Farmer co-ops and private grain operators at odds over tax law

Farmer co-ops and private grain operators at odds over tax law
Feb 09, 2018

Section 199A gives farmers a 20 percent deduction on payments for crop sales

By Diego Flammini
News Reporter

U.S. legislators are trying to find a solution that will satisfy both farmer-led and privately owned grain operators.

Section 199A of the Tax Cuts and Jobs Act of 2017 gives farmers a 20 percent tax deduction of gross sales if they market their crops to a cooperative.

But the same deduction doesn’t apply to privately owned grain companies.

Lawmakers are trying to find a suitable middle ground between both parties, but that’s proving to be difficult.

“What we found was … trying to get both of them to agree on final language has been a real challenge,” South Dakota Senator John Thune told reporters yesterday, according to Reuters.

And grain organizations are encouraging Congress to find a solution sooner than later.

The National Grain and Feed Association, which represents both cooperatives and privately owned grain companies, continues to wait for a resolution.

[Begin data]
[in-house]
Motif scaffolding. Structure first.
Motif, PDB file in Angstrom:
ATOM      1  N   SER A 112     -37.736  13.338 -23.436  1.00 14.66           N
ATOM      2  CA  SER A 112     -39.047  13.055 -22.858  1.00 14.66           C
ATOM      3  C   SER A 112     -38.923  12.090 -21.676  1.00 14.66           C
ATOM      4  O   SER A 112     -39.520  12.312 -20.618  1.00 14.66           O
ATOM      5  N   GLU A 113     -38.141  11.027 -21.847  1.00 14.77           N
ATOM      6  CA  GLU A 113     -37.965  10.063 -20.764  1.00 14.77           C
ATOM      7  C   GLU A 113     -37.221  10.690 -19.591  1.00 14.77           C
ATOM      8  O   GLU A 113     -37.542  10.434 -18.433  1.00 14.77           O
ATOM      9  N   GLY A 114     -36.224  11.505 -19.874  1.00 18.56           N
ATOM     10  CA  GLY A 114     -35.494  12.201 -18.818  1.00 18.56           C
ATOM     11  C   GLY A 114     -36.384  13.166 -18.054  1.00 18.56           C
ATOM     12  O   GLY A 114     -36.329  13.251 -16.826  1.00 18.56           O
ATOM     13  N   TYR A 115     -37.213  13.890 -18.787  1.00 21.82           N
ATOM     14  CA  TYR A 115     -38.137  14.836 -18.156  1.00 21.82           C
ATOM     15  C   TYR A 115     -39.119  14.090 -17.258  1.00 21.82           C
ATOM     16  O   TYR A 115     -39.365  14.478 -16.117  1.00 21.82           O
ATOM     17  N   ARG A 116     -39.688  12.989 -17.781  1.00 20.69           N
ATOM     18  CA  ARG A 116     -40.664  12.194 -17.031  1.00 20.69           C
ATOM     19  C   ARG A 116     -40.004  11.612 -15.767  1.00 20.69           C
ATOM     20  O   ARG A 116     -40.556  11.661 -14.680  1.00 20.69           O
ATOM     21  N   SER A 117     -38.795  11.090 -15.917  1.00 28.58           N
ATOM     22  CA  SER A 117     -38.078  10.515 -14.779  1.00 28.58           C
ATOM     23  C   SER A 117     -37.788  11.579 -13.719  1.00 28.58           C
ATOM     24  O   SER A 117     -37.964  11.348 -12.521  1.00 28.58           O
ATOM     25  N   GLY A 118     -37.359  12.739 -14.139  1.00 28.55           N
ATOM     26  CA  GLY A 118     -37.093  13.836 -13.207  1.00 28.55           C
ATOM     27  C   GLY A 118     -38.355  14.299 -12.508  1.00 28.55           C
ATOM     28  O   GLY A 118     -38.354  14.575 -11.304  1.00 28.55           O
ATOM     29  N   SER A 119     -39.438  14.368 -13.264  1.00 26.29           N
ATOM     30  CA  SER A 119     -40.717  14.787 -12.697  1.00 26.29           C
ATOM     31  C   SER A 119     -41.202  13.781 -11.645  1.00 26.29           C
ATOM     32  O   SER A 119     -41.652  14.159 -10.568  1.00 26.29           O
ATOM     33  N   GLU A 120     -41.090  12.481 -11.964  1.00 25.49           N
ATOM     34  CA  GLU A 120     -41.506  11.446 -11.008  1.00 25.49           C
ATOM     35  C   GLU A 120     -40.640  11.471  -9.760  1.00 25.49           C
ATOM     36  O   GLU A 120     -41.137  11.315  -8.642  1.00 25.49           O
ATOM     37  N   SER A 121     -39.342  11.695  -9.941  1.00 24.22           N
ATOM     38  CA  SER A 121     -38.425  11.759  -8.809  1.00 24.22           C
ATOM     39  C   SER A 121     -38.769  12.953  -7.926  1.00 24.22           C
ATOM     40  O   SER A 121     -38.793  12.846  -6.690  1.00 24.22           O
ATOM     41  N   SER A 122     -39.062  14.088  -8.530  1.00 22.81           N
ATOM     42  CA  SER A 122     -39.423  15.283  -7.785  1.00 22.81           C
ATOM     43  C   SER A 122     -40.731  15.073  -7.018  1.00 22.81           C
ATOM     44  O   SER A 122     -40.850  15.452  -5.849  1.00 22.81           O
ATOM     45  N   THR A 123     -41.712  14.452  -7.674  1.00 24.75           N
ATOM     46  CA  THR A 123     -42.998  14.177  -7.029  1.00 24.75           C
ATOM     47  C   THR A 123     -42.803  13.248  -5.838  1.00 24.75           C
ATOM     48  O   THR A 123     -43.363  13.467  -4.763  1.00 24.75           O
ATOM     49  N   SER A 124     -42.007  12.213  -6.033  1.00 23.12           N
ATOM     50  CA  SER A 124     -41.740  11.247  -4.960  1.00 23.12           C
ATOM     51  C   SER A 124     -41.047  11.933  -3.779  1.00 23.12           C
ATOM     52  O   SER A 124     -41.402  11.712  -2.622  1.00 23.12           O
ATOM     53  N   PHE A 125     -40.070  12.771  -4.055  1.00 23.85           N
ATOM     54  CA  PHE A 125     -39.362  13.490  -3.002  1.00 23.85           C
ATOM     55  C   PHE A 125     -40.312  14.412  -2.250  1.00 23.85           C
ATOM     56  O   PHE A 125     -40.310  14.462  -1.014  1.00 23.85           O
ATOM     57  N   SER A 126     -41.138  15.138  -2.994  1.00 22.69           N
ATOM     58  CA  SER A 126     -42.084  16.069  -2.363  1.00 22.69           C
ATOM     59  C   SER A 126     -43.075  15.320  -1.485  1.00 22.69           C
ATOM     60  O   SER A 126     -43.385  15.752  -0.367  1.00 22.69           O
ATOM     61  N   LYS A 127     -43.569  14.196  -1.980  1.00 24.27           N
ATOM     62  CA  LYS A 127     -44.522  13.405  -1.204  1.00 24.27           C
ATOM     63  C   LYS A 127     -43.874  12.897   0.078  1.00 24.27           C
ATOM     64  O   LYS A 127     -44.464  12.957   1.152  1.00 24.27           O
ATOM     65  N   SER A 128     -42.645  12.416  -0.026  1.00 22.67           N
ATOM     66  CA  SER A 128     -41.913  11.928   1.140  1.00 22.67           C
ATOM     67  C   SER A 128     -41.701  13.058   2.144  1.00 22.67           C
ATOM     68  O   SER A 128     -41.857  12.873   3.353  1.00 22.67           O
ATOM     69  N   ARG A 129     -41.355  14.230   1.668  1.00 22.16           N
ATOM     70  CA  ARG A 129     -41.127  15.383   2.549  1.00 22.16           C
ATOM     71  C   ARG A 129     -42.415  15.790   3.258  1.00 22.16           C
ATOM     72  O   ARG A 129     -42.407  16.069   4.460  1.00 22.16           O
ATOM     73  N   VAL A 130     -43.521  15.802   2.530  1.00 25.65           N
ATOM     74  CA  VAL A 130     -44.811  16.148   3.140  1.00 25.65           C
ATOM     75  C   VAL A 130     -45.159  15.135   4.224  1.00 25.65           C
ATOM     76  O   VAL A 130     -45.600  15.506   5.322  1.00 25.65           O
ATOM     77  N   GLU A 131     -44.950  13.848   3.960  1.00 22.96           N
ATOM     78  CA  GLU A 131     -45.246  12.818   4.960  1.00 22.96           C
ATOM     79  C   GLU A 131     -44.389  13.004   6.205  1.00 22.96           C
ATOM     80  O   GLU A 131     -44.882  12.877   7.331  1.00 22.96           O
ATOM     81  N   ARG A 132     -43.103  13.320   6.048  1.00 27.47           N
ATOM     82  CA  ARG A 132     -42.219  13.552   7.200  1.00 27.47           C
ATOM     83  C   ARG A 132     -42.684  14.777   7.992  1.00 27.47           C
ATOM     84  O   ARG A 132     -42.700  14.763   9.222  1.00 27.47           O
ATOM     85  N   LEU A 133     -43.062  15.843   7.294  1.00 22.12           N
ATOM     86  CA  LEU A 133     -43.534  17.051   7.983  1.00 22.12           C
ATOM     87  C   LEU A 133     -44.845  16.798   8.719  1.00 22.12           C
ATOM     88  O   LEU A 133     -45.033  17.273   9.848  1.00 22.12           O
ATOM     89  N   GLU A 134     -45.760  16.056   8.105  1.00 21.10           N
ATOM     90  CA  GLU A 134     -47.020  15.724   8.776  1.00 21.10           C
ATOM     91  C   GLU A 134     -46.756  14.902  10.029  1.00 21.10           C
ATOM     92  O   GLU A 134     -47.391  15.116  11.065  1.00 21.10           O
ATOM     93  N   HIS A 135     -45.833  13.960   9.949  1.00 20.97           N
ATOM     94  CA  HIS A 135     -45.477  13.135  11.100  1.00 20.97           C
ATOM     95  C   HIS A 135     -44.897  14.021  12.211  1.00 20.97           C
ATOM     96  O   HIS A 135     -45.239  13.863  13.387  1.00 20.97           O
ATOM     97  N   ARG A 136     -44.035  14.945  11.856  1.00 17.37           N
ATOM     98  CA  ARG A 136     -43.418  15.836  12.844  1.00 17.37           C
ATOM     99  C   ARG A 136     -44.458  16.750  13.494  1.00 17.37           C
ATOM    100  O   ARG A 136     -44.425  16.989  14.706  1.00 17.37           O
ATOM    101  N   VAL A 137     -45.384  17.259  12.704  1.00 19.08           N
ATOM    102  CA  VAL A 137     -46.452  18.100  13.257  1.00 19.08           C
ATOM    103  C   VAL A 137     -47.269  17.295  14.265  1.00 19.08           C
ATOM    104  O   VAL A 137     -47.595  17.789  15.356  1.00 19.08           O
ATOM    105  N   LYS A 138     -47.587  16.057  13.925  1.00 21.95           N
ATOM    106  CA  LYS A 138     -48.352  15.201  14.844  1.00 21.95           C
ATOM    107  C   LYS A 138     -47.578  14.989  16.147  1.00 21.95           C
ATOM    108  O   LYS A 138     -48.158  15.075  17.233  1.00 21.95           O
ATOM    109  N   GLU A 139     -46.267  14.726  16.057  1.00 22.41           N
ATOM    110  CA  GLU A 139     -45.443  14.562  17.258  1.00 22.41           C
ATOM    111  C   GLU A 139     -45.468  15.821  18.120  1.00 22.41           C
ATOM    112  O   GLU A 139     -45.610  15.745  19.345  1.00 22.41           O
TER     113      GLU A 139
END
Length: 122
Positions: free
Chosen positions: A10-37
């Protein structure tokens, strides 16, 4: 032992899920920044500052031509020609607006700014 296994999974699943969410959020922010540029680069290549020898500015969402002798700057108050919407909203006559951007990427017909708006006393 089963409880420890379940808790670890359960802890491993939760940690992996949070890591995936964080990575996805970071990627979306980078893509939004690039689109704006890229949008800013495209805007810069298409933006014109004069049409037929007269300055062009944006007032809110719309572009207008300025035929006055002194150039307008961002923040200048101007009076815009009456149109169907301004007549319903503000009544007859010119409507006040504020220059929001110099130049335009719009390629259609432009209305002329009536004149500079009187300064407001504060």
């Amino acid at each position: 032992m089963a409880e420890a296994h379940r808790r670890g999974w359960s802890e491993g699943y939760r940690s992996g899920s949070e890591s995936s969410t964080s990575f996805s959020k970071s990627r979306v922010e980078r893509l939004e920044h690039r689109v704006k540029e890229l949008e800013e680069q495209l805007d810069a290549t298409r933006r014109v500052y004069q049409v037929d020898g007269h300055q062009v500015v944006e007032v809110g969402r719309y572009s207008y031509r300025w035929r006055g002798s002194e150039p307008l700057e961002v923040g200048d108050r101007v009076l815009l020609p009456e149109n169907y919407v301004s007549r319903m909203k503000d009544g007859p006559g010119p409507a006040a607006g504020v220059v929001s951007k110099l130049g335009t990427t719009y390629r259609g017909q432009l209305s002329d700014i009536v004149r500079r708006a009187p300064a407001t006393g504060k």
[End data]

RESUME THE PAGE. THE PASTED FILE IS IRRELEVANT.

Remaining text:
“All concerned are very cognizant of the adverse and unforeseen disruptions Section 199A already is having in the marketplace and the perverse impacts it is having on companies’ business decisions,” said Randy Gordon, the organization’s president, according to Reuters.

And the National Council of Farmer Cooperatives hopes an agreement can be reached that “maximizes farmers’ economic returns during these trying times in rural America while maintaining the competitive balance that existed before passage of the tax reform bill,” Council president Chuck Conner said in a statement.

Farmers have inquired about transferring their crops from private elevators to cooperatives, Reuters reports.

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